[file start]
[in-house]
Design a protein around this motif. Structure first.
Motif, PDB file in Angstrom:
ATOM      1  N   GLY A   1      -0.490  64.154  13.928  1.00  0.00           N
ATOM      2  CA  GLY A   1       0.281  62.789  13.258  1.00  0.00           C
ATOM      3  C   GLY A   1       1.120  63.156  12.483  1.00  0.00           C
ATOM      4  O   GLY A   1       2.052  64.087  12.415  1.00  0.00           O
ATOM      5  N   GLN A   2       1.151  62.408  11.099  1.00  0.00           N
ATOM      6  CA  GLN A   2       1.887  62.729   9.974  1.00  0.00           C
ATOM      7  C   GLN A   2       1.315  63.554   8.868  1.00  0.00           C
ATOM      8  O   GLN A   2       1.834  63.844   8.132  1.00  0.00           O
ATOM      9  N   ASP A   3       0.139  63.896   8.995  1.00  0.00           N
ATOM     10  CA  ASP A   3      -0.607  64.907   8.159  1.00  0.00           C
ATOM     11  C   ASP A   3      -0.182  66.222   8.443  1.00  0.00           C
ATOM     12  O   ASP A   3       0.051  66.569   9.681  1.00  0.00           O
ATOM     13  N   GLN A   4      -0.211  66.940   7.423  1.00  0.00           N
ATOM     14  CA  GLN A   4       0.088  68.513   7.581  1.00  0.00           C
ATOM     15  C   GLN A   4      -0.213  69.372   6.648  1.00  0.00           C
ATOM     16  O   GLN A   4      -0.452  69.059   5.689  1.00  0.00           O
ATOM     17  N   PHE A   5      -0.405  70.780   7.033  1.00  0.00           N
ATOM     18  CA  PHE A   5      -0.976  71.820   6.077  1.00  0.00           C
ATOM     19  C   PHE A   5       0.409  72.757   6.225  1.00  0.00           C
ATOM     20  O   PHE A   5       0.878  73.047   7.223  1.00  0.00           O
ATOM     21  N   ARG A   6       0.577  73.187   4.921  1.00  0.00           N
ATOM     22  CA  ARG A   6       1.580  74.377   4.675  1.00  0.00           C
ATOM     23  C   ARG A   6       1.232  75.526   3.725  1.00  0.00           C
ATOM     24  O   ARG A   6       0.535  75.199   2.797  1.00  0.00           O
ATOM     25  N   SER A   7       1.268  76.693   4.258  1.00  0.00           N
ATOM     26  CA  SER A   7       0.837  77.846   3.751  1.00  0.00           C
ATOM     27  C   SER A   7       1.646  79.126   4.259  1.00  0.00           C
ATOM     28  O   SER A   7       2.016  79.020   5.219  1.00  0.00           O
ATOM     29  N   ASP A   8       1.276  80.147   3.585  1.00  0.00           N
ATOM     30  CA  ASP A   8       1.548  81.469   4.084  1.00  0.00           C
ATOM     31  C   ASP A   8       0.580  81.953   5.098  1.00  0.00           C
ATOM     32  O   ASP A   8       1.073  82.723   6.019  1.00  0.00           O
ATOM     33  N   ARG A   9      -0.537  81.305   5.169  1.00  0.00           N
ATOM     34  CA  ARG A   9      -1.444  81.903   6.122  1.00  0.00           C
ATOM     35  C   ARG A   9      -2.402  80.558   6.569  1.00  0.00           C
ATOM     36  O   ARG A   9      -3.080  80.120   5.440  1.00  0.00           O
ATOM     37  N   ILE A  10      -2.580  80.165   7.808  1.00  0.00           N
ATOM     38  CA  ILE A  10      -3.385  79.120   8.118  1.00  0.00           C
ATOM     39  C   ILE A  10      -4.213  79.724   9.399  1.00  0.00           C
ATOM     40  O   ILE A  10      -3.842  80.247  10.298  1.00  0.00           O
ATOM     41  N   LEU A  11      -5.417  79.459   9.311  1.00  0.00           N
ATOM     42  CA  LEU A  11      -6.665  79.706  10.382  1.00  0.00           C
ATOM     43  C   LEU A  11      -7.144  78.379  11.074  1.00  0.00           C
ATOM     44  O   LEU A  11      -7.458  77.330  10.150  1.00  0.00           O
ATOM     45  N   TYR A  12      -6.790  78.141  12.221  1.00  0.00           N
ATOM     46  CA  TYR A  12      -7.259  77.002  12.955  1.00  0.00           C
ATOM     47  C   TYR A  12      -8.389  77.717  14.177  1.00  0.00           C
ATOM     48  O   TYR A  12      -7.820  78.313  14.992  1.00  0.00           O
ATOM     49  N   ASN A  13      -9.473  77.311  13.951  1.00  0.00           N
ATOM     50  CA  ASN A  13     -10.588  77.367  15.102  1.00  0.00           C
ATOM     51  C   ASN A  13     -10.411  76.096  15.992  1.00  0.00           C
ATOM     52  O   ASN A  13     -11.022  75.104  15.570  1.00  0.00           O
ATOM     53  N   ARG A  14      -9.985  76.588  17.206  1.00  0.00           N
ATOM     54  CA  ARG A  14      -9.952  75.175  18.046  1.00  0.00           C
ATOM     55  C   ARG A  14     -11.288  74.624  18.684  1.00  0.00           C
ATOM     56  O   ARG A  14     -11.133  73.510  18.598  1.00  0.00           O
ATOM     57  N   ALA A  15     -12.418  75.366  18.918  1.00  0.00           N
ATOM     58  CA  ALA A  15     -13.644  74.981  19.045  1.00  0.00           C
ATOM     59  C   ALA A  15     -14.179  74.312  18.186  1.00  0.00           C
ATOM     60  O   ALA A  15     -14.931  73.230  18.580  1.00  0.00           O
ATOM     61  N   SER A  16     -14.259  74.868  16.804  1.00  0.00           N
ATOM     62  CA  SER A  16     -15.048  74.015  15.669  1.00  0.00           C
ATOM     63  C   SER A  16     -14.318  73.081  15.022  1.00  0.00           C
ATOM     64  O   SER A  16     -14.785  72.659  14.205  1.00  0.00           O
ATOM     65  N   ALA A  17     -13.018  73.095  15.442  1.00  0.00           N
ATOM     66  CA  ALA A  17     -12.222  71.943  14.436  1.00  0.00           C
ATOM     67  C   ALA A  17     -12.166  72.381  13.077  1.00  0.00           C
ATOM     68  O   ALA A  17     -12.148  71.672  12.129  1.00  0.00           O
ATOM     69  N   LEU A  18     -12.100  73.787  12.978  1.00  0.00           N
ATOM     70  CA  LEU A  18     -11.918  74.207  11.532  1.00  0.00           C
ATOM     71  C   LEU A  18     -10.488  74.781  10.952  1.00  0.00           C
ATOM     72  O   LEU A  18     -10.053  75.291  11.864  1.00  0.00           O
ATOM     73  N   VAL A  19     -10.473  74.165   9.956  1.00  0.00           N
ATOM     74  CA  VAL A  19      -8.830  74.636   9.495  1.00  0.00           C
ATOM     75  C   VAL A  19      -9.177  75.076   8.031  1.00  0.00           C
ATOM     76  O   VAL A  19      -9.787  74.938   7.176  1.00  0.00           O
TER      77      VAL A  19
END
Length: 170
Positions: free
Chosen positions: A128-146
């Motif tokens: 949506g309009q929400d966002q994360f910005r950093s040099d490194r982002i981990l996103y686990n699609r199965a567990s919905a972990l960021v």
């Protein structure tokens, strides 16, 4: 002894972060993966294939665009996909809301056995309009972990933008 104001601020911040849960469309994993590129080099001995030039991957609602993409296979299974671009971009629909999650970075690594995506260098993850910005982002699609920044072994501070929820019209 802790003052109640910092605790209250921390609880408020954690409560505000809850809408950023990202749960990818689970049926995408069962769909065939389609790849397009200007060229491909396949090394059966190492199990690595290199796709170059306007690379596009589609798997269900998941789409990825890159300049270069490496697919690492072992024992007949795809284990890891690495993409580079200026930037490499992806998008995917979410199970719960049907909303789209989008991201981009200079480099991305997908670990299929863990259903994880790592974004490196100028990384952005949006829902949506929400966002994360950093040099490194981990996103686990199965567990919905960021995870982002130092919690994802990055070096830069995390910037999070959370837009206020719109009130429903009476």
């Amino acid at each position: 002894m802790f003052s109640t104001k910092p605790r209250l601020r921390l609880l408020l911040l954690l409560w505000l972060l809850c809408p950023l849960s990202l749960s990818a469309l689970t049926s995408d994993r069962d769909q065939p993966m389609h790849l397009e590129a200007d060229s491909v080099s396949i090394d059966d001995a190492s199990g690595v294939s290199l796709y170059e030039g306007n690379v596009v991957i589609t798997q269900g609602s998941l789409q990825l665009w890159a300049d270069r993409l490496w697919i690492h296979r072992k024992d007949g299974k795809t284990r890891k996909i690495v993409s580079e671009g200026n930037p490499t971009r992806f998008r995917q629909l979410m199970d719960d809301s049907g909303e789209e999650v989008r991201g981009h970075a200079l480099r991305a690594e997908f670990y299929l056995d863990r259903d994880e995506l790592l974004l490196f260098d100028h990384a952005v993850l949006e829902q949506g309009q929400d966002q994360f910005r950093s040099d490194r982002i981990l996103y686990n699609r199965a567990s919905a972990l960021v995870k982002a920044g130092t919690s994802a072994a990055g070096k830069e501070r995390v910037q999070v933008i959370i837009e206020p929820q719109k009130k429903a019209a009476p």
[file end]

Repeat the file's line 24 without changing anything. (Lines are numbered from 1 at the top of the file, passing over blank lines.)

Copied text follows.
ATOM     21  N   ARG A   6       0.577  73.187   4.921  1.00  0.00           N